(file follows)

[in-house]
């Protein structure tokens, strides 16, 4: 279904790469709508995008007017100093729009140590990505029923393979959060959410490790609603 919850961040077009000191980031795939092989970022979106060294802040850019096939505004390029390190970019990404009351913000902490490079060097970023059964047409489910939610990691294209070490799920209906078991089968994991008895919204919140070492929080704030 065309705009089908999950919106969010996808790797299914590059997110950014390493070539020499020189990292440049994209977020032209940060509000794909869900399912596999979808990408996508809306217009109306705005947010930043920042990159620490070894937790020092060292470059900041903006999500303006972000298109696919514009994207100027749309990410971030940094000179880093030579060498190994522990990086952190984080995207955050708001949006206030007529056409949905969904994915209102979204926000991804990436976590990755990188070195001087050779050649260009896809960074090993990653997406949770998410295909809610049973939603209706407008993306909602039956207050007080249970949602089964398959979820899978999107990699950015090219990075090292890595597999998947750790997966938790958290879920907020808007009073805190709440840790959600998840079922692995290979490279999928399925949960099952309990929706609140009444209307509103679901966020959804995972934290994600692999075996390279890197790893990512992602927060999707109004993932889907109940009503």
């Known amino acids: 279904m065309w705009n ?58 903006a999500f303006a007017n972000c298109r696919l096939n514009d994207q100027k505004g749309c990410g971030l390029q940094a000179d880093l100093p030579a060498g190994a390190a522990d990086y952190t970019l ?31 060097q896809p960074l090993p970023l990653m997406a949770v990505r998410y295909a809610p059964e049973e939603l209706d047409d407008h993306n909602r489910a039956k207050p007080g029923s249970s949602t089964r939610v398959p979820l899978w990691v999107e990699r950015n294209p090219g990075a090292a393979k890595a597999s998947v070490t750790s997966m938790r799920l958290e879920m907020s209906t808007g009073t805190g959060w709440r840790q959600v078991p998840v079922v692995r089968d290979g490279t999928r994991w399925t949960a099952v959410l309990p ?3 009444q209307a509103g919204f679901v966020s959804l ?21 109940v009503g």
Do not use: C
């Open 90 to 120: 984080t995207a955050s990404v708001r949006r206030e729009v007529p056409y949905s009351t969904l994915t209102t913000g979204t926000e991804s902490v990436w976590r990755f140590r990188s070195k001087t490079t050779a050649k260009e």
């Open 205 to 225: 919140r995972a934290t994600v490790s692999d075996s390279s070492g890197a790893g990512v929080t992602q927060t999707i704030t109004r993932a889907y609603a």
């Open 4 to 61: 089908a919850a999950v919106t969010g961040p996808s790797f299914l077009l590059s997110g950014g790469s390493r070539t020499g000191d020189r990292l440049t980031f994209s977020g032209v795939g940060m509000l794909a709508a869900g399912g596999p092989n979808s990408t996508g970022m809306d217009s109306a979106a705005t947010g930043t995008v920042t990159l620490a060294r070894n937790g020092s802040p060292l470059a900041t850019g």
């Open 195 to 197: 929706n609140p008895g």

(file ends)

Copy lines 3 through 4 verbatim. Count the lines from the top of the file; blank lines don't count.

């Known amino acids: 279904m065309w705009n ?58 903006a999500f303006a007017n972000c298109r696919l096939n514009d994207q100027k505004g749309c990410g971030l390029q940094a000179d880093l100093p030579a060498g190994a390190a522990d990086y952190t970019l ?31 060097q896809p960074l090993p970023l990653m997406a949770v990505r998410y295909a809610p059964e049973e939603l209706d047409d407008h993306n909602r489910a039956k207050p007080g029923s249970s949602t089964r939610v398959p979820l899978w990691v999107e990699r950015n294209p090219g990075a090292a393979k890595a597999s998947v070490t750790s997966m938790r799920l958290e879920m907020s209906t808007g009073t805190g959060w709440r840790q959600v078991p998840v079922v692995r089968d290979g490279t999928r994991w399925t949960a099952v959410l309990p ?3 009444q209307a509103g919204f679901v966020s959804l ?21 109940v009503g």
Do not use: C